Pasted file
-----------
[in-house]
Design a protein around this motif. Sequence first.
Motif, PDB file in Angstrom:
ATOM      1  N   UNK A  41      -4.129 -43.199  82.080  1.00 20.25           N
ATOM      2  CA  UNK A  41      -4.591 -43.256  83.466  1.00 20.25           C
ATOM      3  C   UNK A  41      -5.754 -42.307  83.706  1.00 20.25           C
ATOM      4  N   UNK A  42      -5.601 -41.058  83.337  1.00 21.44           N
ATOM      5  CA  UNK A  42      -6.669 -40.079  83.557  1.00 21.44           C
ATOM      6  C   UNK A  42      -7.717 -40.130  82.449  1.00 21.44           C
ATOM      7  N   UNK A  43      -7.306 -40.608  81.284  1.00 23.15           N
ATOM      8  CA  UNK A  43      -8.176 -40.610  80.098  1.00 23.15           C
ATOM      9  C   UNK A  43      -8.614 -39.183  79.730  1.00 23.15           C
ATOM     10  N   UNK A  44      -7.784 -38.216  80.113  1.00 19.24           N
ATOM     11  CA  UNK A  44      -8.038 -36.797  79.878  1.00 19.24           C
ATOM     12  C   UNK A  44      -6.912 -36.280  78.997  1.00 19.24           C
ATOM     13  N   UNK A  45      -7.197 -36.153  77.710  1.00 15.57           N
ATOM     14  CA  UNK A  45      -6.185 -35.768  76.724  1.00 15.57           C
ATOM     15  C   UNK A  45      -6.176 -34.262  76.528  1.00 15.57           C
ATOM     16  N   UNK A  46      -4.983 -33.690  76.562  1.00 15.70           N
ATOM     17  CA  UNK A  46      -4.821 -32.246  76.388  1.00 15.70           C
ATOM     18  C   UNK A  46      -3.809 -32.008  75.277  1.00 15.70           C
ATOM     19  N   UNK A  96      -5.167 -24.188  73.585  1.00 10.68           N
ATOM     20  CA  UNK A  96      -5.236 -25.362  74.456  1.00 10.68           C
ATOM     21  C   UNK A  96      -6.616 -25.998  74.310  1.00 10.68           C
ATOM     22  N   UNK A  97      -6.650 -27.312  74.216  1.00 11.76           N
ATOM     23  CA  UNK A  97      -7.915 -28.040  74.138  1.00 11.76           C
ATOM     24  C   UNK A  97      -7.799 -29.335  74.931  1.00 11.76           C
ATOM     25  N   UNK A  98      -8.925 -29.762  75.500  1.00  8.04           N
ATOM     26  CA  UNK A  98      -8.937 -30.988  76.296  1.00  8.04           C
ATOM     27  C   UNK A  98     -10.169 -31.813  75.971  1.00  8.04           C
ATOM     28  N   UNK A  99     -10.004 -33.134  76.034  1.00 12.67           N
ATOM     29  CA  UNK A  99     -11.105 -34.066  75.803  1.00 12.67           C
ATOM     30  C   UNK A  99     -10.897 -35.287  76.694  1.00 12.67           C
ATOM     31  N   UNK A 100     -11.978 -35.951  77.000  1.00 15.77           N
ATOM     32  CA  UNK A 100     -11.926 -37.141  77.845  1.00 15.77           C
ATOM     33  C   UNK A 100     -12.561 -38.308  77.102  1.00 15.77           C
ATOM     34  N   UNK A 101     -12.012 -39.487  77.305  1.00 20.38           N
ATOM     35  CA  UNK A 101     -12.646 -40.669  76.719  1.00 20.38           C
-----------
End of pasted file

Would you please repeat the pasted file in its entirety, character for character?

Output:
[in-house]
Design a protein around this motif. Sequence first.
Motif, PDB file in Angstrom:
ATOM      1  N   UNK A  41      -4.129 -43.199  82.080  1.00 20.25           N
ATOM      2  CA  UNK A  41      -4.591 -43.256  83.466  1.00 20.25           C
ATOM      3  C   UNK A  41      -5.754 -42.307  83.706  1.00 20.25           C
ATOM      4  N   UNK A  42      -5.601 -41.058  83.337  1.00 21.44           N
ATOM      5  CA  UNK A  42      -6.669 -40.079  83.557  1.00 21.44           C
ATOM      6  C   UNK A  42      -7.717 -40.130  82.449  1.00 21.44           C
ATOM      7  N   UNK A  43      -7.306 -40.608  81.284  1.00 23.15           N
ATOM      8  CA  UNK A  43      -8.176 -40.610  80.098  1.00 23.15           C
ATOM      9  C   UNK A  43      -8.614 -39.183  79.730  1.00 23.15           C
ATOM     10  N   UNK A  44      -7.784 -38.216  80.113  1.00 19.24           N
ATOM     11  CA  UNK A  44      -8.038 -36.797  79.878  1.00 19.24           C
ATOM     12  C   UNK A  44      -6.912 -36.280  78.997  1.00 19.24           C
ATOM     13  N   UNK A  45      -7.197 -36.153  77.710  1.00 15.57           N
ATOM     14  CA  UNK A  45      -6.185 -35.768  76.724  1.00 15.57           C
ATOM     15  C   UNK A  45      -6.176 -34.262  76.528  1.00 15.57           C
ATOM     16  N   UNK A  46      -4.983 -33.690  76.562  1.00 15.70           N
ATOM     17  CA  UNK A  46      -4.821 -32.246  76.388  1.00 15.70           C
ATOM     18  C   UNK A  46      -3.809 -32.008  75.277  1.00 15.70           C
ATOM     19  N   UNK A  96      -5.167 -24.188  73.585  1.00 10.68           N
ATOM     20  CA  UNK A  96      -5.236 -25.362  74.456  1.00 10.68           C
ATOM     21  C   UNK A  96      -6.616 -25.998  74.310  1.00 10.68           C
ATOM     22  N   UNK A  97      -6.650 -27.312  74.216  1.00 11.76           N
ATOM     23  CA  UNK A  97      -7.915 -28.040  74.138  1.00 11.76           C
ATOM     24  C   UNK A  97      -7.799 -29.335  74.931  1.00 11.76           C
ATOM     25  N   UNK A  98      -8.925 -29.762  75.500  1.00  8.04           N
ATOM     26  CA  UNK A  98      -8.937 -30.988  76.296  1.00  8.04           C
ATOM     27  C   UNK A  98     -10.169 -31.813  75.971  1.00  8.04           C
ATOM     28  N   UNK A  99     -10.004 -33.134  76.034  1.00 12.67           N
ATOM     29  CA  UNK A  99     -11.105 -34.066  75.803  1.00 12.67           C
ATOM     30  C   UNK A  99     -10.897 -35.287  76.694  1.00 12.67           C
ATOM     31  N   UNK A 100     -11.978 -35.951  77.000  1.00 15.77           N
ATOM     32  CA  UNK A 100     -11.926 -37.141  77.845  1.00 15.77           C
ATOM     33  C   UNK A 100     -12.561 -38.308  77.102  1.00 15.77           C
ATOM     34  N   UNK A 101     -12.012 -39.487  77.305  1.00 20.38           N
ATOM     35  CA  UNK A 101     -12.646 -40.669  76.719  1.00 20.38           C